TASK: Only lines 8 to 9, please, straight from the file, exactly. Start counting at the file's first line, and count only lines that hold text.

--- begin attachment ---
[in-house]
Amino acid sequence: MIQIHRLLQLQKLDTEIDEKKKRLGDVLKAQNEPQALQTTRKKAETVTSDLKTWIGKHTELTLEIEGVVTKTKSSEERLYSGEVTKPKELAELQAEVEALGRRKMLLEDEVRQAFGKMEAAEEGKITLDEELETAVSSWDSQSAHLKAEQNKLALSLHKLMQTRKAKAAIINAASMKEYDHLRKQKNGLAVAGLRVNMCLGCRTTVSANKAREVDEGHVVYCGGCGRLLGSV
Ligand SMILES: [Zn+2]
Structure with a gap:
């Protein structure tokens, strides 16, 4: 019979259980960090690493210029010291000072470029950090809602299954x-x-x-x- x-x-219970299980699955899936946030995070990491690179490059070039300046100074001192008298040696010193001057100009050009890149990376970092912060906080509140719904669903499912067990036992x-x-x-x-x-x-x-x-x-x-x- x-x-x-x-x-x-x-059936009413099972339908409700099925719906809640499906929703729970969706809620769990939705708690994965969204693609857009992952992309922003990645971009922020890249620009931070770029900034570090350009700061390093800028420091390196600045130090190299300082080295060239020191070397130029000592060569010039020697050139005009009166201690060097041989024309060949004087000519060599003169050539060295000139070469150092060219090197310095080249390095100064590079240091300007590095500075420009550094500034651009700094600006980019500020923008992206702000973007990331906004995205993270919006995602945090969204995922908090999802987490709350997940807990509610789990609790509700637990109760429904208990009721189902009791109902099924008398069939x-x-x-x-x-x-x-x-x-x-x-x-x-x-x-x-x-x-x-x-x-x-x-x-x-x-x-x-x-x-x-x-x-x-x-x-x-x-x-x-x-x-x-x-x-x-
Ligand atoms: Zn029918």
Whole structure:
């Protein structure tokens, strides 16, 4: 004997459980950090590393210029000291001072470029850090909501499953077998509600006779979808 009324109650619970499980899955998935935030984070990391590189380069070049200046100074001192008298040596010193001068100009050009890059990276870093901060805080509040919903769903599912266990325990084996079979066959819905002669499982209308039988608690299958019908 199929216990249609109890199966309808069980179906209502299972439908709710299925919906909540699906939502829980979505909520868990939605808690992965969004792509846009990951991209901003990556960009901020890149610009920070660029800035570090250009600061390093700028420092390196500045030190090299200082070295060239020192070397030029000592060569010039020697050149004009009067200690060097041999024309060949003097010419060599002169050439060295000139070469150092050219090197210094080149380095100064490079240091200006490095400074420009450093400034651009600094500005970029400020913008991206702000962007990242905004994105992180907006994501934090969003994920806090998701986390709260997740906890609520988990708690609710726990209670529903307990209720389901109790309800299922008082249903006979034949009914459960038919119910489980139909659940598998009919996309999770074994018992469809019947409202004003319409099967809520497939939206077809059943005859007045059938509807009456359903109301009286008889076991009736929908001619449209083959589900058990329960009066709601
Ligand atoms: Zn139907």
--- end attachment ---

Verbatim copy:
């Protein structure tokens, strides 16, 4: 004997459980950090590393210029000291001072470029850090909501499953077998509600006779979808 009324109650619970499980899955998935935030984070990391590189380069070049200046100074001192008298040596010193001068100009050009890059990276870093901060805080509040919903769903599912266990325990084996079979066959819905002669499982209308039988608690299958019908 199929216990249609109890199966309808069980179906209502299972439908709710299925919906909540699906939502829980979505909520868990939605808690992965969004792509846009990951991209901003990556960009901020890149610009920070660029800035570090250009600061390093700028420092390196500045030190090299200082070295060239020192070397030029000592060569010039020697050149004009009067200690060097041999024309060949003097010419060599002169050439060295000139070469150092050219090197210094080149380095100064490079240091200006490095400074420009450093400034651009600094500005970029400020913008991206702000962007990242905004994105992180907006994501934090969003994920806090998701986390709260997740906890609520988990708690609710726990209670529903307990209720389901109790309800299922008082249903006979034949009914459960038919119910489980139909659940598998009919996309999770074994018992469809019947409202004003319409099967809520497939939206077809059943005859007045059938509807009456359903109301009286008889076991009736929908001619449209083959589900058990329960009066709601
Ligand atoms: Zn139907």